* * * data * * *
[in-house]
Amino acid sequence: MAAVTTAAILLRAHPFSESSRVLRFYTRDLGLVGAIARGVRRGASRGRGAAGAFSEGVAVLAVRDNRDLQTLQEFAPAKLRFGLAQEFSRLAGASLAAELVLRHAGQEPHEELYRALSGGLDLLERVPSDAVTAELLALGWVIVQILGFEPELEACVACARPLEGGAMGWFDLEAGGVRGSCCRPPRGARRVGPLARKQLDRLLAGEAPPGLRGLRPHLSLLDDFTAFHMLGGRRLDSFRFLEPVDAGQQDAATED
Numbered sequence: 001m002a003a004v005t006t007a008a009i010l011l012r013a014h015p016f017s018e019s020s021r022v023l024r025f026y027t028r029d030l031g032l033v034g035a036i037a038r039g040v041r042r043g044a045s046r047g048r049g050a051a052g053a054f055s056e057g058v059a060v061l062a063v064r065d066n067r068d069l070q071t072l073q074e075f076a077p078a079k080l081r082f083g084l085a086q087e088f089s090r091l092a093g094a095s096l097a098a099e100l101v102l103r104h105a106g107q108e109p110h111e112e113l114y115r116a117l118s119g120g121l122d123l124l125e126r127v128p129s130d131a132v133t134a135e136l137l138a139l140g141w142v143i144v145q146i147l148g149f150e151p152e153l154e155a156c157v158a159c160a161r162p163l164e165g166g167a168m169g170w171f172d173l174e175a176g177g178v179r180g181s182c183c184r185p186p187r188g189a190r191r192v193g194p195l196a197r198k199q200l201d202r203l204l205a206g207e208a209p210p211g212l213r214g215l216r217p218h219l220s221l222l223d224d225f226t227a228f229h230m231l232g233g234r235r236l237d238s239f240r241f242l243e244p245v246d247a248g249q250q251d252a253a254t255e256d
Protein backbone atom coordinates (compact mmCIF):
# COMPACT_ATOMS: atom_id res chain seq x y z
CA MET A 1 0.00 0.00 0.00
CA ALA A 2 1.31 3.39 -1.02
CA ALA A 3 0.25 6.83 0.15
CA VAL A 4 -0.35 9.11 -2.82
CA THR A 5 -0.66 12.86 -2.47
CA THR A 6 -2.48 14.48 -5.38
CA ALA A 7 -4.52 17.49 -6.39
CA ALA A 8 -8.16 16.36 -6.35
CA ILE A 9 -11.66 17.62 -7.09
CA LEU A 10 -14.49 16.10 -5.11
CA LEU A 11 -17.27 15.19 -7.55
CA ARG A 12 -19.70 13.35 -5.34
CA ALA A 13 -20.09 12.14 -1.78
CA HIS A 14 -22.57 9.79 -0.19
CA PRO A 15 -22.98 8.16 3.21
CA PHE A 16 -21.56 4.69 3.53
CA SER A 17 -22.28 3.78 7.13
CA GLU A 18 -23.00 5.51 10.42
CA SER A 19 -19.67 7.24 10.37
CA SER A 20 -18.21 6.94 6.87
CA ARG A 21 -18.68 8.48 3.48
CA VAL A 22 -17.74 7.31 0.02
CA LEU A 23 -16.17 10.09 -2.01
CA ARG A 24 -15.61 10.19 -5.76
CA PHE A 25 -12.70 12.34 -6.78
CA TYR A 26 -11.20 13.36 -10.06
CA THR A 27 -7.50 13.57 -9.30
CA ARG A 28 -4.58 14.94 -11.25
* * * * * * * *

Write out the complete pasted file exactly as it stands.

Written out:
[in-house]
Amino acid sequence: MAAVTTAAILLRAHPFSESSRVLRFYTRDLGLVGAIARGVRRGASRGRGAAGAFSEGVAVLAVRDNRDLQTLQEFAPAKLRFGLAQEFSRLAGASLAAELVLRHAGQEPHEELYRALSGGLDLLERVPSDAVTAELLALGWVIVQILGFEPELEACVACARPLEGGAMGWFDLEAGGVRGSCCRPPRGARRVGPLARKQLDRLLAGEAPPGLRGLRPHLSLLDDFTAFHMLGGRRLDSFRFLEPVDAGQQDAATED
Numbered sequence: 001m002a003a004v005t006t007a008a009i010l011l012r013a014h015p016f017s018e019s020s021r022v023l024r025f026y027t028r029d030l031g032l033v034g035a036i037a038r039g040v041r042r043g044a045s046r047g048r049g050a051a052g053a054f055s056e057g058v059a060v061l062a063v064r065d066n067r068d069l070q071t072l073q074e075f076a077p078a079k080l081r082f083g084l085a086q087e088f089s090r091l092a093g094a095s096l097a098a099e100l101v102l103r104h105a106g107q108e109p110h111e112e113l114y115r116a117l118s119g120g121l122d123l124l125e126r127v128p129s130d131a132v133t134a135e136l137l138a139l140g141w142v143i144v145q146i147l148g149f150e151p152e153l154e155a156c157v158a159c160a161r162p163l164e165g166g167a168m169g170w171f172d173l174e175a176g177g178v179r180g181s182c183c184r185p186p187r188g189a190r191r192v193g194p195l196a197r198k199q200l201d202r203l204l205a206g207e208a209p210p211g212l213r214g215l216r217p218h219l220s221l222l223d224d225f226t227a228f229h230m231l232g233g234r235r236l237d238s239f240r241f242l243e244p245v246d247a248g249q250q251d252a253a254t255e256d
Protein backbone atom coordinates (compact mmCIF):
# COMPACT_ATOMS: atom_id res chain seq x y z
CA MET A 1 0.00 0.00 0.00
CA ALA A 2 1.31 3.39 -1.02
CA ALA A 3 0.25 6.83 0.15
CA VAL A 4 -0.35 9.11 -2.82
CA THR A 5 -0.66 12.86 -2.47
CA THR A 6 -2.48 14.48 -5.38
CA ALA A 7 -4.52 17.49 -6.39
CA ALA A 8 -8.16 16.36 -6.35
CA ILE A 9 -11.66 17.62 -7.09
CA LEU A 10 -14.49 16.10 -5.11
CA LEU A 11 -17.27 15.19 -7.55
CA ARG A 12 -19.70 13.35 -5.34
CA ALA A 13 -20.09 12.14 -1.78
CA HIS A 14 -22.57 9.79 -0.19
CA PRO A 15 -22.98 8.16 3.21
CA PHE A 16 -21.56 4.69 3.53
CA SER A 17 -22.28 3.78 7.13
CA GLU A 18 -23.00 5.51 10.42
CA SER A 19 -19.67 7.24 10.37
CA SER A 20 -18.21 6.94 6.87
CA ARG A 21 -18.68 8.48 3.48
CA VAL A 22 -17.74 7.31 0.02
CA LEU A 23 -16.17 10.09 -2.01
CA ARG A 24 -15.61 10.19 -5.76
CA PHE A 25 -12.70 12.34 -6.78
CA TYR A 26 -11.20 13.36 -10.06
CA THR A 27 -7.50 13.57 -9.30
CA ARG A 28 -4.58 14.94 -11.25